Saturday, February 9, 2013

Barclays to close tax unit in bid to say that its culture has changed

The Guardian reports that Barclays is going to close its tax unit which engaged in industrial strength tax deferral in a bid to say that it is reforming its culture and can be counted on to focus on socially useful activities in the future.

This is a promise much like the idea of the global financial institutions saying they were ending proprietary trading.

Yes, the tax unit will go away.  However, that doesn't mean that the its human resources will not be allocated to other departments where they will continue to engage in similar activities.

Regular readers know that the large global financial institutions have literally thousands of subsidiaries which exist for the sole purpose of regulatory and tax arbitrage.

There is no reason to believe that Barclays has truly exited the tax deferral business until such time as it provides ultra transparency and discloses on an ongoing basis its current global asset, liability and off-balance sheet exposure details.  This includes the details of each of these thousand of subsidiaries.

It is only with this information that market participants can confirm that Barclays has exited the tax deferral business.

In the absence of ultra transparency, Mr. Jenkins announcement is just rhetoric.

The new chief executive of Barclays is to close the bank's controversial tax avoidance unit in a bid to repair its battered reputation, although he still risks inflaming the row over City pay by paying out up to £2bn in bonuses. 
Antony Jenkins ... will announce on Tuesday that the tax planning part of the structured capital markets (SCM) division – which has been accused of orchestrating tax avoidance on an "industrial scale" and has generated vast profits for the bank – is to be axed.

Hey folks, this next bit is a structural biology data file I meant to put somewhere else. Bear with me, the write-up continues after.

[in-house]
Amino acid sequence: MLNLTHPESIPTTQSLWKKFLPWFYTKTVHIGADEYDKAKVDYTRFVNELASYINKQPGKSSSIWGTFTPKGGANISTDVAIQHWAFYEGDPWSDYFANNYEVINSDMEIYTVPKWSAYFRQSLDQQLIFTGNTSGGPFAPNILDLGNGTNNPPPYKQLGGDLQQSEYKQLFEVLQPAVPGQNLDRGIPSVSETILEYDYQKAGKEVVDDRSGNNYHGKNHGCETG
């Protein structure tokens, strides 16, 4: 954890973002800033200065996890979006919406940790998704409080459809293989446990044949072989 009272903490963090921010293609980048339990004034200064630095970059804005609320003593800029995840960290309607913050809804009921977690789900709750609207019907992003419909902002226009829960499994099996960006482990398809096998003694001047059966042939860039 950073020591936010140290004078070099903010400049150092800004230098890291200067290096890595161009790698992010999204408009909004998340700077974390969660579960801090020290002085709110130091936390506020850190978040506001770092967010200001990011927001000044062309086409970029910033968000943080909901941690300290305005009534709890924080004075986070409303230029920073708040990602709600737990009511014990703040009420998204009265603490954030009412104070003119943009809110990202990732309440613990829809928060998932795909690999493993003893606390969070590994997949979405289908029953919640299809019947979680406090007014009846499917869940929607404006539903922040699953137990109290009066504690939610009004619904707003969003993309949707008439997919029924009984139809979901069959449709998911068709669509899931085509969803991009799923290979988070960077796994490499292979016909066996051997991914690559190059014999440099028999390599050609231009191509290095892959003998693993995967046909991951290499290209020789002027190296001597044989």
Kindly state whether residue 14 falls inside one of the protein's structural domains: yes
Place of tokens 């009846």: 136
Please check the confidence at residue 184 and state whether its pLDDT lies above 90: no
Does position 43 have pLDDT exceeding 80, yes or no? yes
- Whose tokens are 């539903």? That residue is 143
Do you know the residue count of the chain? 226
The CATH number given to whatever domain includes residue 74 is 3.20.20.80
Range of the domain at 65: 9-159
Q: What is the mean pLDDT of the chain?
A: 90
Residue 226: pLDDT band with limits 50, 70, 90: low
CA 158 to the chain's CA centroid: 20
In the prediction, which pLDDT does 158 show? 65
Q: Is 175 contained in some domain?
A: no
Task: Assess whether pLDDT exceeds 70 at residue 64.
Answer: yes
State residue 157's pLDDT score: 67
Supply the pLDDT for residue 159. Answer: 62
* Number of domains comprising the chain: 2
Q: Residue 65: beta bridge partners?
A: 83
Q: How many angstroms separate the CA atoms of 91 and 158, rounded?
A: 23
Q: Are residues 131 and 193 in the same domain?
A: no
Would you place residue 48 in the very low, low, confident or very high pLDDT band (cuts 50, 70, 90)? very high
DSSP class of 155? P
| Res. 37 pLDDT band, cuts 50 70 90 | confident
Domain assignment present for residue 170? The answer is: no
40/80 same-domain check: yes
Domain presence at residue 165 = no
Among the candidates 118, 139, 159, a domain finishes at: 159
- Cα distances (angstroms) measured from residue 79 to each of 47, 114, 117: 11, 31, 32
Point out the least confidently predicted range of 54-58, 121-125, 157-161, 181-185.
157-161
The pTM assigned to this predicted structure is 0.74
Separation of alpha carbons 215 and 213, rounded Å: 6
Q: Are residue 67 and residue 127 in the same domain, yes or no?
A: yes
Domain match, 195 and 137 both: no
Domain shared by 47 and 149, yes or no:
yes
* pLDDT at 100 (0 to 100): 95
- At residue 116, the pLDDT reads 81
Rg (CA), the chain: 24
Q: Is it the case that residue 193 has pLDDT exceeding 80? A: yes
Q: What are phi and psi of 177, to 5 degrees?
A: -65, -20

The tax planning operation is one of several areas that have put been under review by Jenkins to assess if the bank's businesses are ethical and not just profitable. 
While Barclays will continue to offer straightforward tax planning to customers, it will pledge to no longer devise schemes purely intended for this purpose....
The existence of SCM has long been controversial, including rumoured £40m pay deals for former bosses, and reports from insiders about tough management styles and odd rituals. 
Lord Lawson, the former Tory chancellor, and Labour peer Lord McFall have repeatedly raised the existence of the division when Barclays witnesses have appeared before the Banking Standards Commission, set up after the Libor scandal in June. 
McFall has cited reports from insiders – disputed by the bank – that the division had generated 110% of the bank's profits. 
When Jenkins appeared before the commission last week, Lawson accused the bank of engaging in "industrial scale" tax avoidance that while legal was unethical....
Which suggests that closing the tax unit is good PR.
Jenkins will admit that some parts of the business were engaging solely in devising tax schemes. 
"There are some areas that relied on sophisticated and complex structures, where transactions were carried out with the primary objective of accessing the tax benefits," he will say.
"We will not engage in it again," he will say, because it is "incompatible" with a new commitment to pay tax.  
But he will insist that some areas are "not controversial" because they delivered "value as part of real client transactions".
The loophole through which Barclays gets to carry on as before and confirms that closing the tax unit is all about PR/rhetoric and has no real economic substance.

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